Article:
By: Jen

I’m obsessed with Target Dollar Spot erasers. Aren’t we all? We walk in, get sucked in right away to the Dollar Spot, and what do we see? These sweet little baggies full of cute erasers. Do we know what do to with them? No. Do we care? No.

I thought to myself, I probably have AT LEAST 3 baggies per holiday/season, which is about 20 different designs, and about 50-100 in each baggy, which equates to…(maybe I shouldn’t do that math)…at least 1,000 of these adorable erasers! I can’t seem to part with them as student gifts because they are too cute. And do they really erasers? I don’t know, I’ve never tried. I think they’d break right in half. Every so often I walk over to my math manipulative pile or open my box of seasonal items and BAM there’s a baggy of erasers. I thought, I really need to figure out how to use these. So here is a compilation of ways you can use these sweet little erasers for education (not just shelf life).

I listed these in accordance to common core standards, since that is how I and many other teachers teach.

(in this activity students use erasers to count by 1)


counting from any number forward

counting by 1’s

representing numbers with objects

comparing number of objects in two groups to be less than/equal to/greater than

(in this activity students can use the erasers to add or subtract)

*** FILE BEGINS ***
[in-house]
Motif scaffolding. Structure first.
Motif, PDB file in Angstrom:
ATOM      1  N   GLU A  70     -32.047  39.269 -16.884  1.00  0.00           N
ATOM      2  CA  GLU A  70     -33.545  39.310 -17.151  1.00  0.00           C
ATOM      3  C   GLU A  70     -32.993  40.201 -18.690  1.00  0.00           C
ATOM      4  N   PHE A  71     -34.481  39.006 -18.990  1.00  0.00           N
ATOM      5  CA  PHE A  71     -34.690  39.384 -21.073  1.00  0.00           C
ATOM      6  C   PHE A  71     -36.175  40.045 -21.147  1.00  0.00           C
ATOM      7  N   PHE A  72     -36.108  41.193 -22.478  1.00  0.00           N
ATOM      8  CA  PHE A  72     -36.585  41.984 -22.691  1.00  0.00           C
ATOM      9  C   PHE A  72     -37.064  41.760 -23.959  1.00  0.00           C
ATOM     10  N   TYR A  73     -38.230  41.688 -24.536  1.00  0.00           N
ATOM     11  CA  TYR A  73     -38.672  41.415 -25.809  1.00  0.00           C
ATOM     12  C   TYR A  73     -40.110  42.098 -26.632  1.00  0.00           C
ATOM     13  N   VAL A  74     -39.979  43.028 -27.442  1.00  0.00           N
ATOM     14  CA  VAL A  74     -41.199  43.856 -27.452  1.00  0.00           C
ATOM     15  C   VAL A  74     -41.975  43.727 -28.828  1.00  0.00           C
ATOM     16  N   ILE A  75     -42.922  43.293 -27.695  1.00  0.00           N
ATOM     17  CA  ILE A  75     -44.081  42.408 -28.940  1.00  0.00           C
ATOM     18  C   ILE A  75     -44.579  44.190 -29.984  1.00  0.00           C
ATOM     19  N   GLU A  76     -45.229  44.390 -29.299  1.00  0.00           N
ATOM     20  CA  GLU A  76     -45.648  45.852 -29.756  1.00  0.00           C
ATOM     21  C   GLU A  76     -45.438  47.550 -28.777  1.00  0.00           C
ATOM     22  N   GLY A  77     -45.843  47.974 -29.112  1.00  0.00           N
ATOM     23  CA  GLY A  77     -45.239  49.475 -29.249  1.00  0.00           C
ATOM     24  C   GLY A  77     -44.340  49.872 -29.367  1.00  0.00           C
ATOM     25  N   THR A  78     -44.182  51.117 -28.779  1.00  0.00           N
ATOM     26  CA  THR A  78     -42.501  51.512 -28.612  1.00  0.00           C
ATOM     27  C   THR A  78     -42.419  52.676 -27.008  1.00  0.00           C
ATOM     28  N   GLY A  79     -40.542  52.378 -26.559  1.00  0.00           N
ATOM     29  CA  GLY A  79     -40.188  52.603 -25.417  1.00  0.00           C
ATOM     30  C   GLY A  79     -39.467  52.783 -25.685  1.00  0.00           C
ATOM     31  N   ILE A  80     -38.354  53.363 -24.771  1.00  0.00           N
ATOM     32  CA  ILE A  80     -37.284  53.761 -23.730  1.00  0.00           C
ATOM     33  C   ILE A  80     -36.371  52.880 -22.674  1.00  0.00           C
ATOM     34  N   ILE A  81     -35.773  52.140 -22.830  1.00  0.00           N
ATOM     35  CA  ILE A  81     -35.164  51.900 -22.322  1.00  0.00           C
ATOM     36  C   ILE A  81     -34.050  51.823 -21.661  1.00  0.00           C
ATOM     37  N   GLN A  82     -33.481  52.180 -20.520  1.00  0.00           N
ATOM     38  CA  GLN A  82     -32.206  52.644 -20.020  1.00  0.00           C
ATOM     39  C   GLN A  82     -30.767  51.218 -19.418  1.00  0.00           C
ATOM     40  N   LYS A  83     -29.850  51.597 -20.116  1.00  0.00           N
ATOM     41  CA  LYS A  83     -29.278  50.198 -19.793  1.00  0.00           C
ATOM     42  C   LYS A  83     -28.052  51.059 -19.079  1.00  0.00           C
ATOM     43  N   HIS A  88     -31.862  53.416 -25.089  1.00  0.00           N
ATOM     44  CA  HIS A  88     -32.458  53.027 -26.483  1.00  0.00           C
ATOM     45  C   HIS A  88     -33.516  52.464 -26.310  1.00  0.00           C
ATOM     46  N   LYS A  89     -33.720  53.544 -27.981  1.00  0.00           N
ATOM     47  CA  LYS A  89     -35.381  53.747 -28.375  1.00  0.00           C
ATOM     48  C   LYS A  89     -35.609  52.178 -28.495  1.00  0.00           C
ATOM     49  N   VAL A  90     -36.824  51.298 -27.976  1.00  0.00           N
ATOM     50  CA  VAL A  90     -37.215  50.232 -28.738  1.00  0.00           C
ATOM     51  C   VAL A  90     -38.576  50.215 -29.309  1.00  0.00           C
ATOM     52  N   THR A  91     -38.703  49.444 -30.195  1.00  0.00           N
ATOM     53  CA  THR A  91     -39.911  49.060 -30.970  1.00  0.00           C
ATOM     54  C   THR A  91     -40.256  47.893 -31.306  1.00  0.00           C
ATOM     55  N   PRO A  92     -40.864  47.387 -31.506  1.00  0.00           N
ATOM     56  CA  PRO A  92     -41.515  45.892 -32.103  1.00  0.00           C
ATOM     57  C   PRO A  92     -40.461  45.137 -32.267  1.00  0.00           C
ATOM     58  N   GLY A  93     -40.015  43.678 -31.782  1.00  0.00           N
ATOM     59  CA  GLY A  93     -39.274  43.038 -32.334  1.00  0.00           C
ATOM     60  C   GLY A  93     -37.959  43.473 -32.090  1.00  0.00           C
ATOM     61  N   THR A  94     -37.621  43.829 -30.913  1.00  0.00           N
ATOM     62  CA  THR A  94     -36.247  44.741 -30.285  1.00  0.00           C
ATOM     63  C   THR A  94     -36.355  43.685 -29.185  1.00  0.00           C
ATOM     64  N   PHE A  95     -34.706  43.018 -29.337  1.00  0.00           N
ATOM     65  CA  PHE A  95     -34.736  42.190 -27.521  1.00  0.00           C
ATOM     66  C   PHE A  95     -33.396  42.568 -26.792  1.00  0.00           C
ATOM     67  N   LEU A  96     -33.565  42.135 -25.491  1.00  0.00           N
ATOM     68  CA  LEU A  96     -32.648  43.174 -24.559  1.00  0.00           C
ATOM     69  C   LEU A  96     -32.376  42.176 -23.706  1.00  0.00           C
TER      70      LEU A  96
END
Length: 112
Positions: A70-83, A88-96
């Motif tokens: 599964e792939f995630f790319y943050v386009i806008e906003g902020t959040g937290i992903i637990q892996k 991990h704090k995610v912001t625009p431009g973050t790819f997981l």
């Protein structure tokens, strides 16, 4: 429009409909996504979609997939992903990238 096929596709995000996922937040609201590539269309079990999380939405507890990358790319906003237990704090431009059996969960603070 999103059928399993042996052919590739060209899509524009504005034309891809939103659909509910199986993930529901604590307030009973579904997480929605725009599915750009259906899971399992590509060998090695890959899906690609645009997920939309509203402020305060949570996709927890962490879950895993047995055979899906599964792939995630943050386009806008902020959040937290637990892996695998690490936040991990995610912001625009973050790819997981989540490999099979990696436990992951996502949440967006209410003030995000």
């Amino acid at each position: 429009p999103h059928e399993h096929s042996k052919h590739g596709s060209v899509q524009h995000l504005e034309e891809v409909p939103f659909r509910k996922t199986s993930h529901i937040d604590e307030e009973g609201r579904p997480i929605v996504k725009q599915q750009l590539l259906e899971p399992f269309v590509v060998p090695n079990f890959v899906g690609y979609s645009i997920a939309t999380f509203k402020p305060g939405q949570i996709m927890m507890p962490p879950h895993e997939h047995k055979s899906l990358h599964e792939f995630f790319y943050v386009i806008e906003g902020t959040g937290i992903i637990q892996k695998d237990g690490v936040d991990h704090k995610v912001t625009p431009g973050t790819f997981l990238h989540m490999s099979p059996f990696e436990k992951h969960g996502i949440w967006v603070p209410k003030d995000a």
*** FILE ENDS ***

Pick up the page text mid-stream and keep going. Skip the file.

decomposing numbers (number bonds)

making ten (ten frame)




(in this activity students use the erasers to measure the lines using non-standard measurement)




measuring in non-standard units


(in this activity students use a small handful of mixed erasers to represent fractions)



(in this activity students use the erasers as spacers)


picture stories/sentences

end punctuation




(in this activity students use the erasers to coverf the sound/spelling pattern, use them as phoneme tiles as they sound out the word, or cover the initial/medial/ending sounds)


phoneme tiles for phonemic awareness (initial/medial/ending sounds, sound segmentation)

syllable segmentation

recognizing phonics patterns (cover the pattern)


(in this activity the students use the erasers to place them around an object to use prepositions, ex. “The eraser is under the fish.”)




How do you use your target dollar spot erasers? We always have room for MORE ideas!

Pin it for later using this image below.


By: Jen

It’s a Sunday night and I’ve had an incredibly horrible day {due to my own fault}. My fiancé had sent me this link to Love, Teach. I laughed all too hard {this teacher is AMAZING by the way, tells it like it is, thank goodness she’s anonymous…}. I felt like after my day & what I put my poor fiancé through, I should add to her list…so here’s my version:


1. Sunday Night Blues

Every Sunday, about half way through the day, no matter what you are doing, her mood will change drastically. Just right smack in the middle of something, she’ll get depressed or angry and never express why. We call this the “Sunday Night Blues”. It’s the dreaded day before you start again with your 32 rambunctious beings who can’t stop coughing and tattling on each other and then there’s that one who still hasn’t figured out your name and it’s December {TEACHER!}.

2. Teacher Radar

She can sense another teacher from a mile away. She will leave you dead in your tracks to talk to another teacher for an hour swapping horror stories, common core speak, and exchanging of ideas. Hope you enjoy standing around pretending to listen…